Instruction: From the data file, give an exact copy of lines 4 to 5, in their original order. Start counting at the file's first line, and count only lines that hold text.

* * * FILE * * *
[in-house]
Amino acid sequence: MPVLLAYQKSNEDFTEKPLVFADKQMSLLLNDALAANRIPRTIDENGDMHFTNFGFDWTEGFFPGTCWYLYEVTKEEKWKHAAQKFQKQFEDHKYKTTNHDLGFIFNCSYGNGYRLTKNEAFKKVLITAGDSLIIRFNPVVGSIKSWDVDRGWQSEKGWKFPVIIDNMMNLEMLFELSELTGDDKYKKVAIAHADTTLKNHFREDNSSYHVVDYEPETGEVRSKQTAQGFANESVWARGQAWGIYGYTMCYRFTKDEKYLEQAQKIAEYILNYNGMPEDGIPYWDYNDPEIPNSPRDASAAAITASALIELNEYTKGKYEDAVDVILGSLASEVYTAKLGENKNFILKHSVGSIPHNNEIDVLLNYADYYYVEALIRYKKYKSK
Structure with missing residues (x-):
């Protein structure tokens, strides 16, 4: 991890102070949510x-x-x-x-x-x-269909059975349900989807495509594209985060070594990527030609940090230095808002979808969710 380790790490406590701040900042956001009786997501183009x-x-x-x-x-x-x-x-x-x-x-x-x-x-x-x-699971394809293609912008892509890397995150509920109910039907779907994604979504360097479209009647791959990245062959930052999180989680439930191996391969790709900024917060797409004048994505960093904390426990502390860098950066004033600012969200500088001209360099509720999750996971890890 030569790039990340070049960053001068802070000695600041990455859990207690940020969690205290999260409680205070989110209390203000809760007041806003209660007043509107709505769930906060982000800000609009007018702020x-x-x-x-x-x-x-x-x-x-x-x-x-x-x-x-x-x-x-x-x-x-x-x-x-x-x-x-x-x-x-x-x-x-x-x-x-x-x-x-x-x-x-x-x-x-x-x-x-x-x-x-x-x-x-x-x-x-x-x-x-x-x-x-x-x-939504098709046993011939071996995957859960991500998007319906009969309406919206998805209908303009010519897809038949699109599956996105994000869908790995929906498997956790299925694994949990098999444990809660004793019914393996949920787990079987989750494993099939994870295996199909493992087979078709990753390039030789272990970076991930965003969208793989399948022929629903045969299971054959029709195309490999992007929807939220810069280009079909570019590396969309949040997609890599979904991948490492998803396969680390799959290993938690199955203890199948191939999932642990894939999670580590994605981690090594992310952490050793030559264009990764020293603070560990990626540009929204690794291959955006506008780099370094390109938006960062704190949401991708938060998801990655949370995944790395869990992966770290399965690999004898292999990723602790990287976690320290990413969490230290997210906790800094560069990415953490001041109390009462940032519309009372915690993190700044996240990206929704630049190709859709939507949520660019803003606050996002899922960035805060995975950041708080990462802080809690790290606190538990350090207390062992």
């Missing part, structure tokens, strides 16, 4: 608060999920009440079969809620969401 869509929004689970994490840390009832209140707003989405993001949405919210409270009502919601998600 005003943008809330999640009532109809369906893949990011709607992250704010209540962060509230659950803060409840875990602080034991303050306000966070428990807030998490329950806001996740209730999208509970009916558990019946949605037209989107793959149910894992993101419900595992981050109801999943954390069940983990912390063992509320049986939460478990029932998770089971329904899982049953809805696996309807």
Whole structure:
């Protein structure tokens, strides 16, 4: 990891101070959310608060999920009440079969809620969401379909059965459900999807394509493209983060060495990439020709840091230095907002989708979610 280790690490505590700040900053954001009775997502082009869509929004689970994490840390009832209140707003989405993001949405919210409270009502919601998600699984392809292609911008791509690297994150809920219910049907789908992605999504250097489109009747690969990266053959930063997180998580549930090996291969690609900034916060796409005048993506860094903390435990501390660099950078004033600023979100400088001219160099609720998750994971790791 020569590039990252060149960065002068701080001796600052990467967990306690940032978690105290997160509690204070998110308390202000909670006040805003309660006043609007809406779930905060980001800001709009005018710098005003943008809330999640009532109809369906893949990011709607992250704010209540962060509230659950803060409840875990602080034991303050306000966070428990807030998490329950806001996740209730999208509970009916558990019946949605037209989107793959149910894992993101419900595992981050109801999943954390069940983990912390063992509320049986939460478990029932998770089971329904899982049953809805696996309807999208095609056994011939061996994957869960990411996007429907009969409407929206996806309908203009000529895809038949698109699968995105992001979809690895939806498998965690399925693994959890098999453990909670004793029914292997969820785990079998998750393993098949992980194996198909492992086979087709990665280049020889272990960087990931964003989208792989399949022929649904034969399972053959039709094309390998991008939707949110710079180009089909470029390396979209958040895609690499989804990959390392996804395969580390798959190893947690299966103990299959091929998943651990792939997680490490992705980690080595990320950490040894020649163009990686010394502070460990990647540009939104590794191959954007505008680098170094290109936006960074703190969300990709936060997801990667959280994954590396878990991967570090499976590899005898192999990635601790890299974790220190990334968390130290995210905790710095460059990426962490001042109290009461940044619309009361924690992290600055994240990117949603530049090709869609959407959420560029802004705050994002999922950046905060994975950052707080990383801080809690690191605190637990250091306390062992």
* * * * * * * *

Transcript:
């Protein structure tokens, strides 16, 4: 991890102070949510x-x-x-x-x-x-269909059975349900989807495509594209985060070594990527030609940090230095808002979808969710 380790790490406590701040900042956001009786997501183009x-x-x-x-x-x-x-x-x-x-x-x-x-x-x-x-699971394809293609912008892509890397995150509920109910039907779907994604979504360097479209009647791959990245062959930052999180989680439930191996391969790709900024917060797409004048994505960093904390426990502390860098950066004033600012969200500088001209360099509720999750996971890890 030569790039990340070049960053001068802070000695600041990455859990207690940020969690205290999260409680205070989110209390203000809760007041806003209660007043509107709505769930906060982000800000609009007018702020x-x-x-x-x-x-x-x-x-x-x-x-x-x-x-x-x-x-x-x-x-x-x-x-x-x-x-x-x-x-x-x-x-x-x-x-x-x-x-x-x-x-x-x-x-x-x-x-x-x-x-x-x-x-x-x-x-x-x-x-x-x-x-x-x-x-939504098709046993011939071996995957859960991500998007319906009969309406919206998805209908303009010519897809038949699109599956996105994000869908790995929906498997956790299925694994949990098999444990809660004793019914393996949920787990079987989750494993099939994870295996199909493992087979078709990753390039030789272990970076991930965003969208793989399948022929629903045969299971054959029709195309490999992007929807939220810069280009079909570019590396969309949040997609890599979904991948490492998803396969680390799959290993938690199955203890199948191939999932642990894939999670580590994605981690090594992310952490050793030559264009990764020293603070560990990626540009929204690794291959955006506008780099370094390109938006960062704190949401991708938060998801990655949370995944790395869990992966770290399965690999004898292999990723602790990287976690320290990413969490230290997210906790800094560069990415953490001041109390009462940032519309009372915690993190700044996240990206929704630049190709859709939507949520660019803003606050996002899922960035805060995975950041708080990462802080809690790290606190538990350090207390062992």
């Missing part, structure tokens, strides 16, 4: 608060999920009440079969809620969401 869509929004689970994490840390009832209140707003989405993001949405919210409270009502919601998600 005003943008809330999640009532109809369906893949990011709607992250704010209540962060509230659950803060409840875990602080034991303050306000966070428990807030998490329950806001996740209730999208509970009916558990019946949605037209989107793959149910894992993101419900595992981050109801999943954390069940983990912390063992509320049986939460478990029932998770089971329904899982049953809805696996309807």